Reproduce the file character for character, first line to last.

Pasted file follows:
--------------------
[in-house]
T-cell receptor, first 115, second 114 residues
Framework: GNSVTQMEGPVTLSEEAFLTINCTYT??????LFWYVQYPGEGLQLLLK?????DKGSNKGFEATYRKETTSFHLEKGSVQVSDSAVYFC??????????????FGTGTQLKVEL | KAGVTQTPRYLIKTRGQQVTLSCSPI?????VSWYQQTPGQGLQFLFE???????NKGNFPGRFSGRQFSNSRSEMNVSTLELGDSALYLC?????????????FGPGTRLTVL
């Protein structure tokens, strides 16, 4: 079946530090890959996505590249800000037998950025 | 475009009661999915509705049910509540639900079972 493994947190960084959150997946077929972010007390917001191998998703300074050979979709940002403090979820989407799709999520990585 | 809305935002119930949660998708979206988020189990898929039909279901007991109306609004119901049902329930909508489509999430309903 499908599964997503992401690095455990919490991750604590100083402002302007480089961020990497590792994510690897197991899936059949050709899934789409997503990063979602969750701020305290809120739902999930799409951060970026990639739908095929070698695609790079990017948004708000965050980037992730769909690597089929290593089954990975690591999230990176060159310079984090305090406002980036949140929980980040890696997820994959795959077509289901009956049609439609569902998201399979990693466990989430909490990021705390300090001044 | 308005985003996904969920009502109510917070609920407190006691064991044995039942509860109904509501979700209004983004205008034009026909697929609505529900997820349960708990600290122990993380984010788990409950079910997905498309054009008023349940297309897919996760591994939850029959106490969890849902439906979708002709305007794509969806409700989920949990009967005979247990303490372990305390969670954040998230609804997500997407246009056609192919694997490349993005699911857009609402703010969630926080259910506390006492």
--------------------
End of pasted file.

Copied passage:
[in-house]
T-cell receptor, first 115, second 114 residues
Framework: GNSVTQMEGPVTLSEEAFLTINCTYT??????LFWYVQYPGEGLQLLLK?????DKGSNKGFEATYRKETTSFHLEKGSVQVSDSAVYFC??????????????FGTGTQLKVEL | KAGVTQTPRYLIKTRGQQVTLSCSPI?????VSWYQQTPGQGLQFLFE???????NKGNFPGRFSGRQFSNSRSEMNVSTLELGDSALYLC?????????????FGPGTRLTVL
């Protein structure tokens, strides 16, 4: 079946530090890959996505590249800000037998950025 | 475009009661999915509705049910509540639900079972 493994947190960084959150997946077929972010007390917001191998998703300074050979979709940002403090979820989407799709999520990585 | 809305935002119930949660998708979206988020189990898929039909279901007991109306609004119901049902329930909508489509999430309903 499908599964997503992401690095455990919490991750604590100083402002302007480089961020990497590792994510690897197991899936059949050709899934789409997503990063979602969750701020305290809120739902999930799409951060970026990639739908095929070698695609790079990017948004708000965050980037992730769909690597089929290593089954990975690591999230990176060159310079984090305090406002980036949140929980980040890696997820994959795959077509289901009956049609439609569902998201399979990693466990989430909490990021705390300090001044 | 308005985003996904969920009502109510917070609920407190006691064991044995039942509860109904509501979700209004983004205008034009026909697929609505529900997820349960708990600290122990993380984010788990409950079910997905498309054009008023349940297309897919996760591994939850029959106490969890849902439906979708002709305007794509969806409700989920949990009967005979247990303490372990305390969670954040998230609804997500997407246009056609192919694997490349993005699911857009609402703010969630926080259910506390006492």